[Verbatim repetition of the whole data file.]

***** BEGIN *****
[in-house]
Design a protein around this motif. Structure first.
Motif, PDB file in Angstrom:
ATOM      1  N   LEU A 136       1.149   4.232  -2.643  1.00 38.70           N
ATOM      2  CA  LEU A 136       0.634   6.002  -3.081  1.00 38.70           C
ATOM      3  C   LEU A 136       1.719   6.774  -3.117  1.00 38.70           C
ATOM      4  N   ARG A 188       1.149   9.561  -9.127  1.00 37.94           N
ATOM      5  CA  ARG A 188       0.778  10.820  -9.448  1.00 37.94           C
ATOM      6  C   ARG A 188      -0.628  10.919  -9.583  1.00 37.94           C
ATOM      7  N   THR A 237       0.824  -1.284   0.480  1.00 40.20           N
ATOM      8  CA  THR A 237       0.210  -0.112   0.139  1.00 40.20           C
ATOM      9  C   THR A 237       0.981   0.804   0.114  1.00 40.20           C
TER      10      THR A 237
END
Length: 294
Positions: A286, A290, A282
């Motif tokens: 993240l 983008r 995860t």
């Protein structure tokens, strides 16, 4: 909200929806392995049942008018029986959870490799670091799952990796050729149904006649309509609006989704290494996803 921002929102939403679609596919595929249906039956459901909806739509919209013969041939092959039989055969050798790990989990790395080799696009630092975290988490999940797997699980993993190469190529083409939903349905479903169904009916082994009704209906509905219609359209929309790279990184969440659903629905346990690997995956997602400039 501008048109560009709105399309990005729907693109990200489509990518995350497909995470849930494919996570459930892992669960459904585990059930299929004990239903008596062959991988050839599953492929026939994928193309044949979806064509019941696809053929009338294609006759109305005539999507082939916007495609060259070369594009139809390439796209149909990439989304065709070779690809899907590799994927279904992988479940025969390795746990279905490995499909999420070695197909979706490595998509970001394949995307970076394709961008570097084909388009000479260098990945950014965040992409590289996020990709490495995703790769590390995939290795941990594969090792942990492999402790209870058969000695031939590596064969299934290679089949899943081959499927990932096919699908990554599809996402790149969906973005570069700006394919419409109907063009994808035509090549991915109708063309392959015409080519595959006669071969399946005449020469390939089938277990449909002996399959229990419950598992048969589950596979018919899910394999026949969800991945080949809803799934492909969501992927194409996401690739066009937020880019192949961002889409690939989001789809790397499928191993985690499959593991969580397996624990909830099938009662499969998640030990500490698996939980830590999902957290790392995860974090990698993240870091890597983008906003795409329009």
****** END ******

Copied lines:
[in-house]
Design a protein around this motif. Structure first.
Motif, PDB file in Angstrom:
ATOM      1  N   LEU A 136       1.149   4.232  -2.643  1.00 38.70           N
ATOM      2  CA  LEU A 136       0.634   6.002  -3.081  1.00 38.70           C
ATOM      3  C   LEU A 136       1.719   6.774  -3.117  1.00 38.70           C
ATOM      4  N   ARG A 188       1.149   9.561  -9.127  1.00 37.94           N
ATOM      5  CA  ARG A 188       0.778  10.820  -9.448  1.00 37.94           C
ATOM      6  C   ARG A 188      -0.628  10.919  -9.583  1.00 37.94           C
ATOM      7  N   THR A 237       0.824  -1.284   0.480  1.00 40.20           N
ATOM      8  CA  THR A 237       0.210  -0.112   0.139  1.00 40.20           C
ATOM      9  C   THR A 237       0.981   0.804   0.114  1.00 40.20           C
TER      10      THR A 237
END
Length: 294
Positions: A286, A290, A282
């Motif tokens: 993240l 983008r 995860t």
């Protein structure tokens, strides 16, 4: 909200929806392995049942008018029986959870490799670091799952990796050729149904006649309509609006989704290494996803 921002929102939403679609596919595929249906039956459901909806739509919209013969041939092959039989055969050798790990989990790395080799696009630092975290988490999940797997699980993993190469190529083409939903349905479903169904009916082994009704209906509905219609359209929309790279990184969440659903629905346990690997995956997602400039 501008048109560009709105399309990005729907693109990200489509990518995350497909995470849930494919996570459930892992669960459904585990059930299929004990239903008596062959991988050839599953492929026939994928193309044949979806064509019941696809053929009338294609006759109305005539999507082939916007495609060259070369594009139809390439796209149909990439989304065709070779690809899907590799994927279904992988479940025969390795746990279905490995499909999420070695197909979706490595998509970001394949995307970076394709961008570097084909388009000479260098990945950014965040992409590289996020990709490495995703790769590390995939290795941990594969090792942990492999402790209870058969000695031939590596064969299934290679089949899943081959499927990932096919699908990554599809996402790149969906973005570069700006394919419409109907063009994808035509090549991915109708063309392959015409080519595959006669071969399946005449020469390939089938277990449909002996399959229990419950598992048969589950596979018919899910394999026949969800991945080949809803799934492909969501992927194409996401690739066009937020880019192949961002889409690939989001789809790397499928191993985690499959593991969580397996624990909830099938009662499969998640030990500490698996939980830590999902957290790392995860974090990698993240870091890597983008906003795409329009």